The dark blue, bell-shaped berry naturally have very thin skin and a unique flavour, with varieties tasting similar to cherries, grapes or blackberries.
Honeyberries are naturally packed with antioxidants such as Vitamin C. When tested against other Superfruits such as Blueberries, Blackcurrants & Blackberries, the Honeyberry was shown to have the highest level of antioxidants, and are said to be good as an anti-inflammatory, good for your eyesight & can also have cardiovascular benefits.
The berries can be eaten fresh straight from the plants, or used for other culinary purposes such as in preserves, cakes or even dried as healthy snacks.
A Honeyberry Plant can have a lifespan of up to 50 years due to their hardy nature and usually ripen in late-spring or early-summer. Two plants are necessary for pollination purposes.
Planting & Onward Care
Honeyberries will grow well in most soils but loose & free-draining soil. They do not mind acidic or alkaline soil which makes them a great alternative for people who struggle to grow blueberries. Ideally, plant in spring when there is no risk of frost, this allows the plant to get established over the following summer. Plant on a site in full sun to help increase fruit yield as the sun will ripen the wood.
Plant 1.5m (5ft) – 2m (7ft) apart, in rows 4ft (14ft) apart. Dig a hole approx 50cm deep & wide, line the bottom of the hole with fresh compost or well-rotted manure. If using manure, also ensure it is well mixed in with the soil. Replace the soil by gently treading it back in and it is a good idea to apply a general purpose fertiliser mixed in with the soil at this time, ensuring the plants get the best possible start. Water in well.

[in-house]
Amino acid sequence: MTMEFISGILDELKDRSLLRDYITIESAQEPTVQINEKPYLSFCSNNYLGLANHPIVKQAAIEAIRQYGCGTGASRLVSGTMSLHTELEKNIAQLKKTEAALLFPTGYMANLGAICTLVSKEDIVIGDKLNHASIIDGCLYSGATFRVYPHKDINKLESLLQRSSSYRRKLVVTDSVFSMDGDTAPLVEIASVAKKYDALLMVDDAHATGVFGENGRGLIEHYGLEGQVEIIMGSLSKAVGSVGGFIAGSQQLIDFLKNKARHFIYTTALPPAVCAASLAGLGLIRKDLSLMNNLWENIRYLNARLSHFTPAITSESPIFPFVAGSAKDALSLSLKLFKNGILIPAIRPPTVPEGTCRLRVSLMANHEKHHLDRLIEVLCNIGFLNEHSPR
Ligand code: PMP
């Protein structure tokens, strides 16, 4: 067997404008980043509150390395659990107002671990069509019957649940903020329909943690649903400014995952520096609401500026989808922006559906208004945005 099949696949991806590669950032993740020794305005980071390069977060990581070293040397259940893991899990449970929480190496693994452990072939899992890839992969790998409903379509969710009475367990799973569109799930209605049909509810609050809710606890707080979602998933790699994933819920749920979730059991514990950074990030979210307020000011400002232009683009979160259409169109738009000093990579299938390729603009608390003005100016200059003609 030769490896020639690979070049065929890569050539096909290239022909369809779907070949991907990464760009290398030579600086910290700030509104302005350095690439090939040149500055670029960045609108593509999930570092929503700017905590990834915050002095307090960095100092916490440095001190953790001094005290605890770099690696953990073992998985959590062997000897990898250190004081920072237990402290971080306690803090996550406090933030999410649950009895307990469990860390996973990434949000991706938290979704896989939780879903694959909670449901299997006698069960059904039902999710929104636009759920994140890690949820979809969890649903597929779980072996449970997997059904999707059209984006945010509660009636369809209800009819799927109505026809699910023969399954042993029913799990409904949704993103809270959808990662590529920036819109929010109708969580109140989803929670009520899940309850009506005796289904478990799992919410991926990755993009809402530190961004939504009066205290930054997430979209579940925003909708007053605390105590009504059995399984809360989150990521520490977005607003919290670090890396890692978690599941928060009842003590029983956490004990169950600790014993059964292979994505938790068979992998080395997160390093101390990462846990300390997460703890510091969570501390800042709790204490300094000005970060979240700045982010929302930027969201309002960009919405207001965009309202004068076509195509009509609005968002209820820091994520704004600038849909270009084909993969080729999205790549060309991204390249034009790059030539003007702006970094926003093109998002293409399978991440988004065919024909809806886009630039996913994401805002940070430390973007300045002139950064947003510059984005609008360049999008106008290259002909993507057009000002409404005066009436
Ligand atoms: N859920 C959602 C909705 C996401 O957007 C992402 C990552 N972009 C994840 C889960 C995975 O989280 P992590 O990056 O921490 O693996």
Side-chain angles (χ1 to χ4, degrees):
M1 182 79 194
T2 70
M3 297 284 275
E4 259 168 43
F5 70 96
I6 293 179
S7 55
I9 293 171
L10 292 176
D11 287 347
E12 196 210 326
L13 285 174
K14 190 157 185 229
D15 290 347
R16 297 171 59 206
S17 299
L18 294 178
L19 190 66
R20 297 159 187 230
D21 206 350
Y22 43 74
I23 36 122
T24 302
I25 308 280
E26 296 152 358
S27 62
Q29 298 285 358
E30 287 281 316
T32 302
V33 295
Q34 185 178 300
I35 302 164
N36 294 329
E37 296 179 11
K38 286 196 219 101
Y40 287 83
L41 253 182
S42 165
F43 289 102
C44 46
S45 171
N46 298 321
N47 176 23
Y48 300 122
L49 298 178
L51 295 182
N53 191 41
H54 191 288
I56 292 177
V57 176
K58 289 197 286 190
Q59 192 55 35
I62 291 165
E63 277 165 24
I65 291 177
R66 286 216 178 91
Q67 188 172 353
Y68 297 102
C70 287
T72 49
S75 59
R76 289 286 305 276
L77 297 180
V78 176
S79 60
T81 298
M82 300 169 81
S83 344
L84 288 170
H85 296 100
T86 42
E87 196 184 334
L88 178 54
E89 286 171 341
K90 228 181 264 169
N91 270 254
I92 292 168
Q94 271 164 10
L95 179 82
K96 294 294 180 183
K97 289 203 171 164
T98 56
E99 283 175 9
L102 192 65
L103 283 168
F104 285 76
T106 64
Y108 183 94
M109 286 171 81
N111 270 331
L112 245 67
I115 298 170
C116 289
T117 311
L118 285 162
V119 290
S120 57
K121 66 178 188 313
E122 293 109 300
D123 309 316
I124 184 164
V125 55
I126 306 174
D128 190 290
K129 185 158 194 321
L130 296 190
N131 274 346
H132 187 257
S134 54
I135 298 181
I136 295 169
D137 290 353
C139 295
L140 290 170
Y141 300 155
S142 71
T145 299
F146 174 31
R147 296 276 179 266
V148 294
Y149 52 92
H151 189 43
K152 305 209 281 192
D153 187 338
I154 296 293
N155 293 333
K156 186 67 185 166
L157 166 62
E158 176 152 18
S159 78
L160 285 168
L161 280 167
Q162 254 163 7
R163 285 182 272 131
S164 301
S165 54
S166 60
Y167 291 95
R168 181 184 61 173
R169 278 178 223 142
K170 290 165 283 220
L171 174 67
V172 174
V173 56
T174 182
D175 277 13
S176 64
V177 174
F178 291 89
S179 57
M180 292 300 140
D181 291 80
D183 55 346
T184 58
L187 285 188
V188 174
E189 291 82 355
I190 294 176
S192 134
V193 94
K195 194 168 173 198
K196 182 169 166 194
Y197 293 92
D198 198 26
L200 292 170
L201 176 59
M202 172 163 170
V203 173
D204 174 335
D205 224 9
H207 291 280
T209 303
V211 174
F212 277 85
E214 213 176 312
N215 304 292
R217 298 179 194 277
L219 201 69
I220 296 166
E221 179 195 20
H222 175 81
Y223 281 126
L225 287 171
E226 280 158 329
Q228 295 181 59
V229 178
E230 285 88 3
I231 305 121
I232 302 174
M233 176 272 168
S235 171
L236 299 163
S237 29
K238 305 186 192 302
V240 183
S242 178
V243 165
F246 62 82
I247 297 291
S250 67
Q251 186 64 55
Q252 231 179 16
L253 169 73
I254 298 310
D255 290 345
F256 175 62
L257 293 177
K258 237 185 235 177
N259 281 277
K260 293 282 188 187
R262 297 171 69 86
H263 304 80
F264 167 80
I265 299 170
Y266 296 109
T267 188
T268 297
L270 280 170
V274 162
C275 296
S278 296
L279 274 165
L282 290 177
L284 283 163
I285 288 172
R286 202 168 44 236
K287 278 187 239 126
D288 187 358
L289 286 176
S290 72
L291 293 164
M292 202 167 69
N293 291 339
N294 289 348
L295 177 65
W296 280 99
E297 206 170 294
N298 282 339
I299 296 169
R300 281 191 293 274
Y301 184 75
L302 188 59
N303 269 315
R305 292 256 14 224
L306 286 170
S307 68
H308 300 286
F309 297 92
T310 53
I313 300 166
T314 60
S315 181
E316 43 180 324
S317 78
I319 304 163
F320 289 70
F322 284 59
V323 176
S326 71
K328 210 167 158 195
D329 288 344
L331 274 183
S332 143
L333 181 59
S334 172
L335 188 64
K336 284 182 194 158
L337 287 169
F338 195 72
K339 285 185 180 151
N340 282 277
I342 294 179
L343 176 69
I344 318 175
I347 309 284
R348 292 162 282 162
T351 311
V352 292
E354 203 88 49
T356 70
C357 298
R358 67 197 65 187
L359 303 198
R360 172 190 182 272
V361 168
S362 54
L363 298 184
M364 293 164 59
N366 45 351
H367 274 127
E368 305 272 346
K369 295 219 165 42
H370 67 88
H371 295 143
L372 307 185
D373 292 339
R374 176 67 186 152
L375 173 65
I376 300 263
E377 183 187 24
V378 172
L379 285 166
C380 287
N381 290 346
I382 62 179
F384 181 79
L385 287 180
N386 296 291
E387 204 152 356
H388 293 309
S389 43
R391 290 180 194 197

Pruning is best done in early spring as the plant breaks into bud, however, it is recommended to keep pruning to a minimum to maximise fruit yield. Young plants only need dead material removed for the first three years while they get established. For more established honeyberries, pruning should be done in early to mid-summer after harvesting;
Remove straggly weak and damaged growth.
Thin out any overcrowded shoots by removing several down to the base to encourage new strong shoots to replace the old.
Also, remove the tips of young shoots as this encourages more flowering laterals. Onward Care
A yearly application of a balanced fertilizer such as blood, fish and bone in the spring is all they need. Too much feed will produce lots of lush green growth and not many flowers and fruit. A mulch of well-composted organic matter will help retain moisture and improve soil conditions. It may be worth considering pollination by hand to increase the yield of fruit.
They flower late winter to very early spring when there is little pollinating insect activity. Hand pollination can be done by lightly brushing over the flowers with a small, soft paintbrush.